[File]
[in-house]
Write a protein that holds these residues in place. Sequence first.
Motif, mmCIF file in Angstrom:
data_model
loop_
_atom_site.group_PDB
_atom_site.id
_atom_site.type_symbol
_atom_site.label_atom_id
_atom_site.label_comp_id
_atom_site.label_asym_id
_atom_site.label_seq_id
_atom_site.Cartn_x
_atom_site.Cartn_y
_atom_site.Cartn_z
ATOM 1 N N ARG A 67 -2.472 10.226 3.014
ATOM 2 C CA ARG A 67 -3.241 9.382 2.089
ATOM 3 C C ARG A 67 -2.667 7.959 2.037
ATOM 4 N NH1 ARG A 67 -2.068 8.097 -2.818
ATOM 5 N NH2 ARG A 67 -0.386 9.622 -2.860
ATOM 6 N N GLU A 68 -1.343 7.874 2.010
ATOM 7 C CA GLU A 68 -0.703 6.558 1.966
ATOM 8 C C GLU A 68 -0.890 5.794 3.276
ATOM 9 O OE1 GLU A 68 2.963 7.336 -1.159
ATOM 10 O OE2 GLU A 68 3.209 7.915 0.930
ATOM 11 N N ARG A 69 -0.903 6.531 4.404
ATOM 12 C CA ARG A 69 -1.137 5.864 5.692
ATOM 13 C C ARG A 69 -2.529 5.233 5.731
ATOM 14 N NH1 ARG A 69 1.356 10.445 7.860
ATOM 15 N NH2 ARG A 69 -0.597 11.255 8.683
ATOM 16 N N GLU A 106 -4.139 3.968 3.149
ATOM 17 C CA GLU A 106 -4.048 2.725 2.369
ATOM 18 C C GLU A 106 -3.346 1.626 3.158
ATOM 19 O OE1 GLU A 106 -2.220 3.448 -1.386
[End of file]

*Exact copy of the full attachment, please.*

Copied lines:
[in-house]
Write a protein that holds these residues in place. Sequence first.
Motif, mmCIF file in Angstrom:
data_model
loop_
_atom_site.group_PDB
_atom_site.id
_atom_site.type_symbol
_atom_site.label_atom_id
_atom_site.label_comp_id
_atom_site.label_asym_id
_atom_site.label_seq_id
_atom_site.Cartn_x
_atom_site.Cartn_y
_atom_site.Cartn_z
ATOM 1 N N ARG A 67 -2.472 10.226 3.014
ATOM 2 C CA ARG A 67 -3.241 9.382 2.089
ATOM 3 C C ARG A 67 -2.667 7.959 2.037
ATOM 4 N NH1 ARG A 67 -2.068 8.097 -2.818
ATOM 5 N NH2 ARG A 67 -0.386 9.622 -2.860
ATOM 6 N N GLU A 68 -1.343 7.874 2.010
ATOM 7 C CA GLU A 68 -0.703 6.558 1.966
ATOM 8 C C GLU A 68 -0.890 5.794 3.276
ATOM 9 O OE1 GLU A 68 2.963 7.336 -1.159
ATOM 10 O OE2 GLU A 68 3.209 7.915 0.930
ATOM 11 N N ARG A 69 -0.903 6.531 4.404
ATOM 12 C CA ARG A 69 -1.137 5.864 5.692
ATOM 13 C C ARG A 69 -2.529 5.233 5.731
ATOM 14 N NH1 ARG A 69 1.356 10.445 7.860
ATOM 15 N NH2 ARG A 69 -0.597 11.255 8.683
ATOM 16 N N GLU A 106 -4.139 3.968 3.149
ATOM 17 C CA GLU A 106 -4.048 2.725 2.369
ATOM 18 C C GLU A 106 -3.346 1.626 3.158
ATOM 19 O OE1 GLU A 106 -2.220 3.448 -1.386